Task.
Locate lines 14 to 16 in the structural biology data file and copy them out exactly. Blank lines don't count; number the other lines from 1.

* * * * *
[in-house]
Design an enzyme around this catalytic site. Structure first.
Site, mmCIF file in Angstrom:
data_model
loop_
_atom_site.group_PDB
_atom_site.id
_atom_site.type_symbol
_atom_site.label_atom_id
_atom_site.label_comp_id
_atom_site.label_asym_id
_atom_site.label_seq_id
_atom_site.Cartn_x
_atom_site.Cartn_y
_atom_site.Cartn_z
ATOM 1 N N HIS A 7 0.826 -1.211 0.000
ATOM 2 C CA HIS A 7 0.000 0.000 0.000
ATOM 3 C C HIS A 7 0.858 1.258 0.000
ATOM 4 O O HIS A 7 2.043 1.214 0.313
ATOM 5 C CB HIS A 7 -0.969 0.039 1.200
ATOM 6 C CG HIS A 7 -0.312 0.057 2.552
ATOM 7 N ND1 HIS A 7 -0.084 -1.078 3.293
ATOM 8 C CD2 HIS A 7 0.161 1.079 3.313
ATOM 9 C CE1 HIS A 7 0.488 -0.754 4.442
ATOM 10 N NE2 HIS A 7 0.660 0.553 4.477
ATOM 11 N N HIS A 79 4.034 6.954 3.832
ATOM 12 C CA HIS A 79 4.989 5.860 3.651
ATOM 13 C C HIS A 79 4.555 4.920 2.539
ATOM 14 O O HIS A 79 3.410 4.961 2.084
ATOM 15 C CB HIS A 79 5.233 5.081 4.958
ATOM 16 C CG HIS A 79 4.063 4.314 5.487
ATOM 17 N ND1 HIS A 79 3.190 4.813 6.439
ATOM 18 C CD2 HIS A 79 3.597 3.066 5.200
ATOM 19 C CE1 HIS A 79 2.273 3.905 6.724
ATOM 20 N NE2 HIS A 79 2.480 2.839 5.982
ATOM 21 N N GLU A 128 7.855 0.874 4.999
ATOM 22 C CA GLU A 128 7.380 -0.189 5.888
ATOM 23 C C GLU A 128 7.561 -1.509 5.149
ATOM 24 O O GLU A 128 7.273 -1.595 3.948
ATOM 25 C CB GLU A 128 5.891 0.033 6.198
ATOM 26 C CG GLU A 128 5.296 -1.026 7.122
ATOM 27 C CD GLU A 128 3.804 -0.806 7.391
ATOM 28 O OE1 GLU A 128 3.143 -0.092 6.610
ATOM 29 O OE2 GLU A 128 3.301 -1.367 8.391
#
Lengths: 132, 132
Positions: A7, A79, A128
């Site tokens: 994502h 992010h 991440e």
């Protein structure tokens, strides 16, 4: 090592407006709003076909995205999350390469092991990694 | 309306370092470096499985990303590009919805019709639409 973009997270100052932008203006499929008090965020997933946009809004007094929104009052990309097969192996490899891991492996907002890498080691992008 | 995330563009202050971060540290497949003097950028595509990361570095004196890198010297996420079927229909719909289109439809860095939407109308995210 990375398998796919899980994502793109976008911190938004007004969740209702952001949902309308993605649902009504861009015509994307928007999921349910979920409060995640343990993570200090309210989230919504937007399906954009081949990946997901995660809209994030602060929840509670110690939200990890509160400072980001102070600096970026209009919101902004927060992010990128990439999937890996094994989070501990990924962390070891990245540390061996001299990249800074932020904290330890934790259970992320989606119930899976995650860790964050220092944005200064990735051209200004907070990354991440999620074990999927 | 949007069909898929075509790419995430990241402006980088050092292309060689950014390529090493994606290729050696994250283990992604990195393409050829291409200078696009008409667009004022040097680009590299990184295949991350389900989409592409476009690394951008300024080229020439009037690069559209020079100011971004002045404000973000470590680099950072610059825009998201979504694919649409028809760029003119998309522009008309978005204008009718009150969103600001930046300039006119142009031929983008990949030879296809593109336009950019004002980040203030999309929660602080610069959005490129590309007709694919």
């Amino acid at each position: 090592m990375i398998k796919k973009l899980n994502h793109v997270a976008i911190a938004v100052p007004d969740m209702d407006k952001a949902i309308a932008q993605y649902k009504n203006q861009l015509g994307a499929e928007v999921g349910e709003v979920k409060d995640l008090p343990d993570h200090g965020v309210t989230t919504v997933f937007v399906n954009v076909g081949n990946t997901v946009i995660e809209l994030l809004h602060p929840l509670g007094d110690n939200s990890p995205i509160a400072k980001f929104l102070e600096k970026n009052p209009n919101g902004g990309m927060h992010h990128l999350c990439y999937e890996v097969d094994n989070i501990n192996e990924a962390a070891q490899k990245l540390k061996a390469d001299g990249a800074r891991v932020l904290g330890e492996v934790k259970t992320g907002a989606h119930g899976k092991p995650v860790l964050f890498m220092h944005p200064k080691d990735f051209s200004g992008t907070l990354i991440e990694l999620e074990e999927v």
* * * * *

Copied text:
_atom_site.Cartn_y
_atom_site.Cartn_z
ATOM 1 N N HIS A 7 0.826 -1.211 0.000